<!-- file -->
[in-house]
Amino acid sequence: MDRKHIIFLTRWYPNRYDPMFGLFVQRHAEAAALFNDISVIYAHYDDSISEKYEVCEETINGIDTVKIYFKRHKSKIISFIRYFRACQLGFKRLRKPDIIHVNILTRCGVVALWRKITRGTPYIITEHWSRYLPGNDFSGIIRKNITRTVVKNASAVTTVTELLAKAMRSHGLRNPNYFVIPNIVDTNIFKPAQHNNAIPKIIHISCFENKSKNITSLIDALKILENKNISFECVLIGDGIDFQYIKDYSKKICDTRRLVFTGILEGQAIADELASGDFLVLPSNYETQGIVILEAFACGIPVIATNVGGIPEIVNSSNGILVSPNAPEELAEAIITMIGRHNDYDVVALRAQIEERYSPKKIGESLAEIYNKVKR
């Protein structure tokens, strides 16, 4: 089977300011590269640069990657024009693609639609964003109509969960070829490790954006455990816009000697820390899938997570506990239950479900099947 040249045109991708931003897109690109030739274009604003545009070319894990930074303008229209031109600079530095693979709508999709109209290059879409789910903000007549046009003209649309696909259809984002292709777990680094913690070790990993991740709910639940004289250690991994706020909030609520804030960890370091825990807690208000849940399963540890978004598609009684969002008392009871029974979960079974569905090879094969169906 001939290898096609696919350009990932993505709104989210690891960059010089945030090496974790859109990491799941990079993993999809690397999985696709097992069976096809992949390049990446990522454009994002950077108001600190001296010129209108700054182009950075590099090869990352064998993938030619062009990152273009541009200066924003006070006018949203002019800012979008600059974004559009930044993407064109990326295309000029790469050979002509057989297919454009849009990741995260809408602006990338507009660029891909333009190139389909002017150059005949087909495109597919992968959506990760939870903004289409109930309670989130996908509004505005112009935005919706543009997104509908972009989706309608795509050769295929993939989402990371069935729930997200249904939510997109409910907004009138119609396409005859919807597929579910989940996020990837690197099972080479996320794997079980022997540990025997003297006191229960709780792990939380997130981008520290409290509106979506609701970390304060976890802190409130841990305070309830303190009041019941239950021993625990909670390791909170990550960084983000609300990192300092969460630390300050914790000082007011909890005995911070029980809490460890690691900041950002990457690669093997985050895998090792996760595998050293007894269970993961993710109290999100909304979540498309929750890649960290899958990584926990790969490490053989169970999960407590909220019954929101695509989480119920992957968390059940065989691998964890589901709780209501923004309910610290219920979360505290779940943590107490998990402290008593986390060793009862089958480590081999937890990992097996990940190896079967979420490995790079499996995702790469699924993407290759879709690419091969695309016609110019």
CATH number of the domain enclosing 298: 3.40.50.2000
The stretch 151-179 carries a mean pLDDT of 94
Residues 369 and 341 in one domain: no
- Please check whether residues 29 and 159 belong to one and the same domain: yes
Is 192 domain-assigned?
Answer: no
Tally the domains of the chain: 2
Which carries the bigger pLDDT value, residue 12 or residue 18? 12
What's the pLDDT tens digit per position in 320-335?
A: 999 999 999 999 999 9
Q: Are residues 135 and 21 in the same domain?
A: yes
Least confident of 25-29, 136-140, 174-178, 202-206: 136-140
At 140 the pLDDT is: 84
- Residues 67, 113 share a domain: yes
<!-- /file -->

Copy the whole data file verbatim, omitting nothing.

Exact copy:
[in-house]
Amino acid sequence: MDRKHIIFLTRWYPNRYDPMFGLFVQRHAEAAALFNDISVIYAHYDDSISEKYEVCEETINGIDTVKIYFKRHKSKIISFIRYFRACQLGFKRLRKPDIIHVNILTRCGVVALWRKITRGTPYIITEHWSRYLPGNDFSGIIRKNITRTVVKNASAVTTVTELLAKAMRSHGLRNPNYFVIPNIVDTNIFKPAQHNNAIPKIIHISCFENKSKNITSLIDALKILENKNISFECVLIGDGIDFQYIKDYSKKICDTRRLVFTGILEGQAIADELASGDFLVLPSNYETQGIVILEAFACGIPVIATNVGGIPEIVNSSNGILVSPNAPEELAEAIITMIGRHNDYDVVALRAQIEERYSPKKIGESLAEIYNKVKR
């Protein structure tokens, strides 16, 4: 089977300011590269640069990657024009693609639609964003109509969960070829490790954006455990816009000697820390899938997570506990239950479900099947 040249045109991708931003897109690109030739274009604003545009070319894990930074303008229209031109600079530095693979709508999709109209290059879409789910903000007549046009003209649309696909259809984002292709777990680094913690070790990993991740709910639940004289250690991994706020909030609520804030960890370091825990807690208000849940399963540890978004598609009684969002008392009871029974979960079974569905090879094969169906 001939290898096609696919350009990932993505709104989210690891960059010089945030090496974790859109990491799941990079993993999809690397999985696709097992069976096809992949390049990446990522454009994002950077108001600190001296010129209108700054182009950075590099090869990352064998993938030619062009990152273009541009200066924003006070006018949203002019800012979008600059974004559009930044993407064109990326295309000029790469050979002509057989297919454009849009990741995260809408602006990338507009660029891909333009190139389909002017150059005949087909495109597919992968959506990760939870903004289409109930309670989130996908509004505005112009935005919706543009997104509908972009989706309608795509050769295929993939989402990371069935729930997200249904939510997109409910907004009138119609396409005859919807597929579910989940996020990837690197099972080479996320794997079980022997540990025997003297006191229960709780792990939380997130981008520290409290509106979506609701970390304060976890802190409130841990305070309830303190009041019941239950021993625990909670390791909170990550960084983000609300990192300092969460630390300050914790000082007011909890005995911070029980809490460890690691900041950002990457690669093997985050895998090792996760595998050293007894269970993961993710109290999100909304979540498309929750890649960290899958990584926990790969490490053989169970999960407590909220019954929101695509989480119920992957968390059940065989691998964890589901709780209501923004309910610290219920979360505290779940943590107490998990402290008593986390060793009862089958480590081999937890990992097996990940190896079967979420490995790079499996995702790469699924993407290759879709690419091969695309016609110019």
CATH number of the domain enclosing 298: 3.40.50.2000
The stretch 151-179 carries a mean pLDDT of 94
Residues 369 and 341 in one domain: no
- Please check whether residues 29 and 159 belong to one and the same domain: yes
Is 192 domain-assigned?
Answer: no
Tally the domains of the chain: 2
Which carries the bigger pLDDT value, residue 12 or residue 18? 12
What's the pLDDT tens digit per position in 320-335?
A: 999 999 999 999 999 9
Q: Are residues 135 and 21 in the same domain?
A: yes
Least confident of 25-29, 136-140, 174-178, 202-206: 136-140
At 140 the pLDDT is: 84
- Residues 67, 113 share a domain: yes